Let’s remember that in Serbia’s presidential elections at the start of this month, 48 per cent of Serbs went to the polls with their faith in Europe already shattered. They voted en masse for the so-called ultranationalist Timoslav Nikolic not for any love of him or his Radical Party but because he vowed, unlike his pro-Western adversary Boris Tadic, to keep a grip on Kosovo even if it cost Serbia entry to the EU. His narrow loss signaled the depth of Serbia’s outrage — the fact that today’s violence is about more than Kosovo, reflecting instead the accumulated frustration and failure of Serbia, nearly two decades after Slobodan Milosevic came to power, to move on politically and psychologically from its past.
In this sense, the crisis now gripping the Balkans is more than a reaction to the injustice over Kosovo than it is a symptom of deeper conflicts boiling to the surface in Serb society. "Milosevic’s lies got deeply embedded," Dusan Prorokovic, State Secretary for Kosovo in the ruling Democratic Party of Serbia, told me several weeks ago in Belgrade, "and Serbs are still confused about their past." They are also — as they’ve shown in recent tests, from the three-month-long protest aimed at ousting Milosevic in ’96-’97, to NATO’s 78-day bombing campaign in ’99 — masters of patience and endurance. Which is why America and its European allies backing Kosovo independence must realize: Serbia is in this battle for the long haul. As a Serbian Orthodox monk I was traveling with in Kosovo, put it:
"[Independence] is just a pause. The war will continue and Kosovo will be ours again in 10, 20, 50 years when American power declines. Kosovo is our Jerusalem. It is our identity. Without Kosovo, Serbia does not exist."
In the meantime, life is increasingly hard for the 100,000 or so Serbs who have chosen-and been at all times encouraged by the Belgrade government-to stay put in their impoverished Kosovo enclaves. I had the opportunity to drive with an Orthodox priest named Bogomir and his 21-year-old son Lazar to the soup kitchen that they run in Prekovce, a 200-person town about 20 miles southeast of the capital Pristina. More than half the residents left this enclave and the countryside around it after NATO bombs fell, factories closed and possibilities for survival dwindled. Among those who remain are a handful of Serbs with government jobs as teachers, doctors and administrators — to whom Belgrade pays double salaries to ensure that they stay — and a stooped, elderly mass of poor who show up daily at the town’s broken-walled community center carrying empty pots and containers that they fill with soup and bread. "I have no home, no work, no money," said an old woman waiting in line for bean and noodle stew who, despite the hardship here, said her will to stay in Kosovo is strong.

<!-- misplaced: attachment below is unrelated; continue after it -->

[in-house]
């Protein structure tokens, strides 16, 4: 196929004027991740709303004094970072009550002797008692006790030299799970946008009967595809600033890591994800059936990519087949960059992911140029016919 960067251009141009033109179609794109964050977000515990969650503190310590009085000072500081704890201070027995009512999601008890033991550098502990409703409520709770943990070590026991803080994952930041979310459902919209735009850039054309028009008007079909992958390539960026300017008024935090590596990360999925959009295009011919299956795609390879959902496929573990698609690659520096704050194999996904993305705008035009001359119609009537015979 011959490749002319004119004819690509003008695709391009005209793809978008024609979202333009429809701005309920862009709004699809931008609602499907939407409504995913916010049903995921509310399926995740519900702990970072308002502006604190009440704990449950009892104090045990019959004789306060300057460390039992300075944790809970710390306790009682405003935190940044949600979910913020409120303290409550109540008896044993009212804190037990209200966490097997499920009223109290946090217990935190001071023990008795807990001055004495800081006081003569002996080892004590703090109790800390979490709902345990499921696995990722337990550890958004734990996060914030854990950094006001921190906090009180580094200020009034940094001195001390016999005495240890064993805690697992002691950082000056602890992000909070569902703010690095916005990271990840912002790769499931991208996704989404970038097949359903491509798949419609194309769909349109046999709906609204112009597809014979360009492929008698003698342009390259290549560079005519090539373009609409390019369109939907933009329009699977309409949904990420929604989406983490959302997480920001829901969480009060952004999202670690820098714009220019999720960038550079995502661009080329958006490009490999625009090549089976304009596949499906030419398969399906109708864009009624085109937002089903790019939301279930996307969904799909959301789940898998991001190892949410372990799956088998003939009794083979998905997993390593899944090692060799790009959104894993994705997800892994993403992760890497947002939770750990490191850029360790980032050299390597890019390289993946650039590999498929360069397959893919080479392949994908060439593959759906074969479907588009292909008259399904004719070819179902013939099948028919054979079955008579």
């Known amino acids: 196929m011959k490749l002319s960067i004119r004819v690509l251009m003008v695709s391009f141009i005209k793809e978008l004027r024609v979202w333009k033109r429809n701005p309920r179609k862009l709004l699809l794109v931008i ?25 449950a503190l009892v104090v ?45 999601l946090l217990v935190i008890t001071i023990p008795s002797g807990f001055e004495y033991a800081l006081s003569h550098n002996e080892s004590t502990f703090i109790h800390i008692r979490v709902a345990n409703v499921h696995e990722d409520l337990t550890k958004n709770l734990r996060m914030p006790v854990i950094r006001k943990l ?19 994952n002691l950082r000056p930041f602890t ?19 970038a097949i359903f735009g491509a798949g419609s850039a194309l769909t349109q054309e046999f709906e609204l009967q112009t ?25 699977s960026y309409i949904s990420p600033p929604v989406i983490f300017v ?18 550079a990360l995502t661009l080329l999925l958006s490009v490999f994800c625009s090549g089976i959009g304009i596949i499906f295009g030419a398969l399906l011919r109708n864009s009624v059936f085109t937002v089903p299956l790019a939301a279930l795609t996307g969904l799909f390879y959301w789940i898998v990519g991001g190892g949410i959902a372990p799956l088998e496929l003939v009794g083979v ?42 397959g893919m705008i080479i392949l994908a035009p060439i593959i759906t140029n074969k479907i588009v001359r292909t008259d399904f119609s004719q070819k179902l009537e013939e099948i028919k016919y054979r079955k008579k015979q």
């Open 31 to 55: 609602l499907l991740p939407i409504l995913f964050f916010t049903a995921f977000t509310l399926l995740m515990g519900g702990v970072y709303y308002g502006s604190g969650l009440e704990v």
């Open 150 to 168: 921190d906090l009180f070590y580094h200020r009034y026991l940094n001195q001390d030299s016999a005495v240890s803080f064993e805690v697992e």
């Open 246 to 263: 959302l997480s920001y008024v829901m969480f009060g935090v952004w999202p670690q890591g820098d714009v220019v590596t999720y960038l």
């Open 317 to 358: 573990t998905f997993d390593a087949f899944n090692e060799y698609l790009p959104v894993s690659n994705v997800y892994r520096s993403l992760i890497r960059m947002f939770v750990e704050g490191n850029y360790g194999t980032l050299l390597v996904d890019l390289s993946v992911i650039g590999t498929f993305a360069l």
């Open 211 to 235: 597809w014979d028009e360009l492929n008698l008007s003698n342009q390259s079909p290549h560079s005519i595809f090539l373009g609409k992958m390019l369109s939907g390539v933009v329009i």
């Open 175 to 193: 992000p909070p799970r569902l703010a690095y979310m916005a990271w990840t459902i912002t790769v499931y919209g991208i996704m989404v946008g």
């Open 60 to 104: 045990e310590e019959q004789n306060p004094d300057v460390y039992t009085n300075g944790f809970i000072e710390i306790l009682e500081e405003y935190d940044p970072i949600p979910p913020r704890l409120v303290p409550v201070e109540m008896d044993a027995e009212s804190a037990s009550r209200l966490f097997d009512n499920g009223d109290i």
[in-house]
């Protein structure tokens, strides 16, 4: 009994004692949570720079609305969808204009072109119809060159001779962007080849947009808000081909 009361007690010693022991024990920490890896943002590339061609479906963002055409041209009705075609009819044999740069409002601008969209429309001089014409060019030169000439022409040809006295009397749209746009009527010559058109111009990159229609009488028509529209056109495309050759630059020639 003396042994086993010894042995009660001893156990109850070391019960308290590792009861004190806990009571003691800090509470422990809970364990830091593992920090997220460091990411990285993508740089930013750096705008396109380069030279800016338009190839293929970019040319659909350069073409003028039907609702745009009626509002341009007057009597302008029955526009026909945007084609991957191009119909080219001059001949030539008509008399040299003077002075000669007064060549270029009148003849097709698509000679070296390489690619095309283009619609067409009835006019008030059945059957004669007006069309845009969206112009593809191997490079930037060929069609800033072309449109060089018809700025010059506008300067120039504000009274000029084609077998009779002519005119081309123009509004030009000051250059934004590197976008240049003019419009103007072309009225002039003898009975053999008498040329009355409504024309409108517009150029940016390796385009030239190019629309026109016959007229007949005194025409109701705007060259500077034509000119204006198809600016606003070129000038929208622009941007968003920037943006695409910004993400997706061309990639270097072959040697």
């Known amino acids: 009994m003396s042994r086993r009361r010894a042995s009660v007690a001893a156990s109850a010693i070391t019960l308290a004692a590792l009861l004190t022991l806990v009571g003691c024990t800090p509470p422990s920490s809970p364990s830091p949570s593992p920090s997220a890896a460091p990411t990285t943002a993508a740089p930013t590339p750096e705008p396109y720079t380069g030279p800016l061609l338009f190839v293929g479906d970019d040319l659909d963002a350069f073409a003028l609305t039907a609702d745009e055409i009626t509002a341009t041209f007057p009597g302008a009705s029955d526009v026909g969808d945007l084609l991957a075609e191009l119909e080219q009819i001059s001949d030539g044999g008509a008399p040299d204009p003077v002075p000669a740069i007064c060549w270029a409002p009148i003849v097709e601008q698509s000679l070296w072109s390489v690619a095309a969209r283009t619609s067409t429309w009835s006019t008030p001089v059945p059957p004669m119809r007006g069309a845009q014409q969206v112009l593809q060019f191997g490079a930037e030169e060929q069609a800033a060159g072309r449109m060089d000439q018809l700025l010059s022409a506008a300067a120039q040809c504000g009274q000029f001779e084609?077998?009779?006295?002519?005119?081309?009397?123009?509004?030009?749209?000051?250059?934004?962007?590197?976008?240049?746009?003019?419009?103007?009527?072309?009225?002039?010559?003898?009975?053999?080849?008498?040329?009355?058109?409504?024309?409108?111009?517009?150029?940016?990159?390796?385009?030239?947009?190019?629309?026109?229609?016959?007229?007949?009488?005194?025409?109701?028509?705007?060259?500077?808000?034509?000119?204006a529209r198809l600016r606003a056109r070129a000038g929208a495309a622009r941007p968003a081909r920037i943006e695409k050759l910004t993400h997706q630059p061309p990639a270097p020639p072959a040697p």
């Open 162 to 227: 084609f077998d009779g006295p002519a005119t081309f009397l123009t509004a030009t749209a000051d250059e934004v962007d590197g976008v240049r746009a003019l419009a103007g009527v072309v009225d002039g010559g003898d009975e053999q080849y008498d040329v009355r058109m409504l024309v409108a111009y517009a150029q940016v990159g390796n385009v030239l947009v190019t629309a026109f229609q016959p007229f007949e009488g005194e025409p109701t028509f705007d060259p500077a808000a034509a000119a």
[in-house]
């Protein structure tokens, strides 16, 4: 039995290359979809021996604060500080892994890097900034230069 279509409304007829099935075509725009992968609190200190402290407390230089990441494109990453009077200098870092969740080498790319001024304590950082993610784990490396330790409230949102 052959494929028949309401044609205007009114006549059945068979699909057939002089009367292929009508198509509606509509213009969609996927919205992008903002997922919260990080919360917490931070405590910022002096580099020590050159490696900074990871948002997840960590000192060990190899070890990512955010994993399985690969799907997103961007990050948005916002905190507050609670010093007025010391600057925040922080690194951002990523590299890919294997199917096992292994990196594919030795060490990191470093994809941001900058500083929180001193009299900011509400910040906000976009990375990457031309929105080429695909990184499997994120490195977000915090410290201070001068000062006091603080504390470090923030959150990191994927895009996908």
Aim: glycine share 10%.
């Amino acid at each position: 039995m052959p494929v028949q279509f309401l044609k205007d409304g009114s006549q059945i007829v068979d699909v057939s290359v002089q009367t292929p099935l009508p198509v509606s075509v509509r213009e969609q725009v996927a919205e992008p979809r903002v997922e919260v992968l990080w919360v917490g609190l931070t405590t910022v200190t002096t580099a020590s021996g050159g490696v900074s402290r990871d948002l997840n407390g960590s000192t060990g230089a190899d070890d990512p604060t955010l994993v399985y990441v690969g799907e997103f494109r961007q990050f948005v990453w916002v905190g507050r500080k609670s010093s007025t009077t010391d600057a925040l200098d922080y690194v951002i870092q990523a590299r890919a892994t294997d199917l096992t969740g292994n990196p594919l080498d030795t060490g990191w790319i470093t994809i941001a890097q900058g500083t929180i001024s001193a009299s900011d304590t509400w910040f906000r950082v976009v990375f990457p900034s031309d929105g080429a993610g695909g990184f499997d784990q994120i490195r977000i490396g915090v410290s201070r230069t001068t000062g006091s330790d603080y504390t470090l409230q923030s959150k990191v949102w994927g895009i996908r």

As it is for Ana Gospova, whose remote house — ebuilt by the Serb government on a small hill in a valley dotted with crumbling, abandoned Serb homes — I visited with Lazar to deliver a bag of groceries. A mother of nine, Ana came out with her oldest son to greet us. Thirty-eight years old, swarthy, with a pot belly and missing half her teeth, she was still somewhat attractive. Bed sheets were drying on a line and chickens scratched around the yard as Ana pointed to the half dozen bee boxes that used to provide some income, that is, before the bees died. Her husband Radovan’s salary of 130 euros a month from working in the nearby gold mine, plus 75 euros from the Serb government, feeds 11 mouths. "Since the war it’s been terrible," she said, "but we never thought of leaving."